Released in 1995, "Hank Aaron: Chasing the Dream" won a Peabody and Crystal Heart Award, and it was nominated for an Emmy (for Outstanding Informational Special) and Oscar (Best Documentary). Most important to its director and writer, though, it was the inspiration behind a charity Aaron is still involved in -- the Chasing the Dream Foundation -- which is crucial to helping underprivileged kids get an education.
"When you evaluate the success of a project, it's not necessarily the critical response, box office, or ratings that you're worried about," said Tollin, who started Tollin/Robbins Productions along with Brian Robbins. "There's another criteria, in terms of what impact it'll have on the world."
Tollin's piece will be relived as part of the Civil Rights Game festivities in Atlanta this year. On the night of May 12 -- three days before the fifth Civil Rights Game between the Phillies and Braves at Turner Field -- Aaron will be honored with a red-carpet ceremony at Fox Theatre. Then, a screening will be held for the documentary on his life, followed by a post-viewing conversation with Tollin, Aaron and executive producer Debra Martin-Chase.
"I'm thrilled to be doing this event," Tollin said. "I think about this documentary, and all the other things I've done professionally, and this project is definitely No. 1 or No. 2."
Tollin is a former Major League Baseball employee who helped write "The Baseball Bunch," a nationally syndicated show that ran from 1982-85 and was hosted by Johnny Bench.
Tollin got the idea for an Aaron documentary on the 20-year anniversary of the Hall of Famer's record-breaking 715th home run in 1994 -- when he realized very few had captured the essence of the man.
"I thought, 'This is one of the most hallowed records in American sports history, being broken by a guy shrouded in mystery,'" Tollin said. "And I thought that if we could ever tell that story, it would be monumental."
Tollin used his contacts at MLB to set up a meet-and-greet with Aaron and his attorneys. Soon, he and his crew were answering tough questions about the potential project, and what he hoped to accomplish with it.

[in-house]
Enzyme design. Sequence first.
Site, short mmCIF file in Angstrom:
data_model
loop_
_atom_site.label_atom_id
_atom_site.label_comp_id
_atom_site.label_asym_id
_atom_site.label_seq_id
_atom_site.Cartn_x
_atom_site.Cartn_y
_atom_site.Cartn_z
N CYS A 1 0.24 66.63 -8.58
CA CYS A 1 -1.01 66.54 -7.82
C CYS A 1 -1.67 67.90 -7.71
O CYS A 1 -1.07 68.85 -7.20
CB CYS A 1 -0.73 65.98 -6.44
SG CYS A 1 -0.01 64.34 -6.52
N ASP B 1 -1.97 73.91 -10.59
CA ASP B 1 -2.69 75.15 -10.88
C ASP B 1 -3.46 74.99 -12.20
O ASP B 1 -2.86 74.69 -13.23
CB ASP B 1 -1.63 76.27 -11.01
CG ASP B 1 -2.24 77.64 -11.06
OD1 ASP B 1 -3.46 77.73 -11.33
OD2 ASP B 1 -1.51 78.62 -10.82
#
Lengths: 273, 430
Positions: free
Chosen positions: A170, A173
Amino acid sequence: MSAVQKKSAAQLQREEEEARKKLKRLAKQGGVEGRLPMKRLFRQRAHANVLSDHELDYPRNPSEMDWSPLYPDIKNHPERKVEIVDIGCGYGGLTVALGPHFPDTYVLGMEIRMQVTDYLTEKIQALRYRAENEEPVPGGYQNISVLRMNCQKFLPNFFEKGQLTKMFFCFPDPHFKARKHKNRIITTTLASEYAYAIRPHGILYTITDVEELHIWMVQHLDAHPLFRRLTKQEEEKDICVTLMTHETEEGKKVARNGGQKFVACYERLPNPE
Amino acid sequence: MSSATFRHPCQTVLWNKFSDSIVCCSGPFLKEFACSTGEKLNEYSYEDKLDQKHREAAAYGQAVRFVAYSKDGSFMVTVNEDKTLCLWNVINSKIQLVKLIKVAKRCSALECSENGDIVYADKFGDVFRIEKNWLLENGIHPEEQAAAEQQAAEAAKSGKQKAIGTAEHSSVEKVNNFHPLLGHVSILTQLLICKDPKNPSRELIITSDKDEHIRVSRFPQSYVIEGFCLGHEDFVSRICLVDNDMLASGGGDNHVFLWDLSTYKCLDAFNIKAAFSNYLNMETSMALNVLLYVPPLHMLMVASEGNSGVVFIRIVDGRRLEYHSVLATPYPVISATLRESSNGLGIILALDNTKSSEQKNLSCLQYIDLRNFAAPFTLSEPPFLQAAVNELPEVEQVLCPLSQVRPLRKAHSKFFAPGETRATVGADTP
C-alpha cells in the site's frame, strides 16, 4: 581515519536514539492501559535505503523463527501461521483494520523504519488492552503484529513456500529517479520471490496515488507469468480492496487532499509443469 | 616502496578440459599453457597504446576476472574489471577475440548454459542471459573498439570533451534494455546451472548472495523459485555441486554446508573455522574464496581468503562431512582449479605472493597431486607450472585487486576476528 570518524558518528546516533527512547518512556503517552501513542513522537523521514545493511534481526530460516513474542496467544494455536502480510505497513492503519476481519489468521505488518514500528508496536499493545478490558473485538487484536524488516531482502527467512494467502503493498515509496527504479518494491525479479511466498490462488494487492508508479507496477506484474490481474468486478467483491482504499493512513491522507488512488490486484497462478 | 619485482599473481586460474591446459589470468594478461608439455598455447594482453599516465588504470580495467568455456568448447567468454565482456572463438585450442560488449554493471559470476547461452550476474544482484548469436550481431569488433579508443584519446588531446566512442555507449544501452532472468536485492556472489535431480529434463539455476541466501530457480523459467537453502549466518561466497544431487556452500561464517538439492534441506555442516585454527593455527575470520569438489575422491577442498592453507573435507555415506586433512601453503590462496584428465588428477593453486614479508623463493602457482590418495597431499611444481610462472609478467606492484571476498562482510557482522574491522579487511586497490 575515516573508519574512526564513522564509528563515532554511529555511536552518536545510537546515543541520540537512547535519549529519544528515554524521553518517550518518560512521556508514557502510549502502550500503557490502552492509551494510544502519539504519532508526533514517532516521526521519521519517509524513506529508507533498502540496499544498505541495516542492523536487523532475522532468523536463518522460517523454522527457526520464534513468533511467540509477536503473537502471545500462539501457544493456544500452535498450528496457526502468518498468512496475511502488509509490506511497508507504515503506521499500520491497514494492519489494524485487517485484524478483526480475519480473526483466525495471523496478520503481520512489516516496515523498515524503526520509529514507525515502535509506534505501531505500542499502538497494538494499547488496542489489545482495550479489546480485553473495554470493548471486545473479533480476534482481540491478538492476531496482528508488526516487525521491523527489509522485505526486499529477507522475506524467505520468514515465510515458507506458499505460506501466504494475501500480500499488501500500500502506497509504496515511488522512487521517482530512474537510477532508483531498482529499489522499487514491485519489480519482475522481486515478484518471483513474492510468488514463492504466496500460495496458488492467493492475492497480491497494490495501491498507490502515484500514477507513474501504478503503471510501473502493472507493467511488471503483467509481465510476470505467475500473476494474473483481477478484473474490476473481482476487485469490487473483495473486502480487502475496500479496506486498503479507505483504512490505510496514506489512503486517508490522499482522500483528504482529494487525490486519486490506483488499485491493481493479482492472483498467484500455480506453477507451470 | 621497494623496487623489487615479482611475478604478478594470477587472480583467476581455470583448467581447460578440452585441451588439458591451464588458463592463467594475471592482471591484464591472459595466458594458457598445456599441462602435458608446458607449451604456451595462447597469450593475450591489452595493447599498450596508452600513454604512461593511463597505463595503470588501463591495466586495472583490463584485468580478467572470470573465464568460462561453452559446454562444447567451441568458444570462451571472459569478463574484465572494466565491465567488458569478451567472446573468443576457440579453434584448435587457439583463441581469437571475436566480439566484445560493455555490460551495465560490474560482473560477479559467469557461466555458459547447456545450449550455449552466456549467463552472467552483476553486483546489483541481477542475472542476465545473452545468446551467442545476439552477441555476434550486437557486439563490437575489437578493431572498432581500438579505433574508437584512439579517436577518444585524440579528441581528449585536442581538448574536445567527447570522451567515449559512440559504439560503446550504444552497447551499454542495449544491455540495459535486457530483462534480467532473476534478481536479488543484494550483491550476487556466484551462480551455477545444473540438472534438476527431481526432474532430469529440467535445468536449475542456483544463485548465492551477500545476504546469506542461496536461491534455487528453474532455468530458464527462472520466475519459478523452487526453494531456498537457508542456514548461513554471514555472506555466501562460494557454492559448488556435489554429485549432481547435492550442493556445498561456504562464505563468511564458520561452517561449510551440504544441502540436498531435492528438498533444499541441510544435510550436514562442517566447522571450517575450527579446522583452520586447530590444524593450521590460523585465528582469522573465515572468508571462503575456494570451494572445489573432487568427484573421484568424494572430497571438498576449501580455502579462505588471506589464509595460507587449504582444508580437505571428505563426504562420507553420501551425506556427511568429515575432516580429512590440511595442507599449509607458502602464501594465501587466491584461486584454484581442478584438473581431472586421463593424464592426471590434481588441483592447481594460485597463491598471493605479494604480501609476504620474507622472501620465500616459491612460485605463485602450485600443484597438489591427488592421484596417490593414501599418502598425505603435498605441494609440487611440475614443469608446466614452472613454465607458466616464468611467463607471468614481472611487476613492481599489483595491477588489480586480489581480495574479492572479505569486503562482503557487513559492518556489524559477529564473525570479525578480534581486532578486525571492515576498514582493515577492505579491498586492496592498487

"That's all a filmmaker can hope for, is the opportunity," he said. "And I think Henry wasn't just interested in doing a film on baseball. He wanted something that would focus on social history, and the Civil Rights Movement, and the role he and his African-American colleagues in baseball played in that process. We were going to take a broader, sociological perspective."
Tollin soon learned the interview process was the least grueling part. Aaron, he recalled, was surprisingly easy to work with. He was approachable, always calm and very eager to help. So were several others.
Any time Tollin mentioned the name Hank Aaron, some of the biggest names fell all over themselves to get involved.
Tollin secured three-dozen interviews during that year's Hall of Fame weekend alone. Reggie Jackson literally stopped a round of golf on the back nine to jump in a golf cart and answer questions. And despite having just returned from a mission trip to Haiti, former U.S. President Jimmy Carter eagerly made time for the crew.
With the film, Tollin wanted to break away from the traditional documentary.
He had Academy Award winner Denzel Washington serve as one of the executive producers, and hired other professional actors to play out key moments in Aaron's life. For the voiceover, Tollin recorded hours and hours of interviews with Aaron, then hired an actor to narrate.
Tollin described his approach as "not playing loose with the truth, just visually enhancing the story." For that, the film caught some flak from critics.
But the most important opinion was a positive one.
"I loved it," Aaron said. "It told basically the truth about what had happened. I know a lot of people say it was fictitious in some ways, you know, in some of the things I had to do [growing up] ... but all that's true. You had to make due with what you had back then."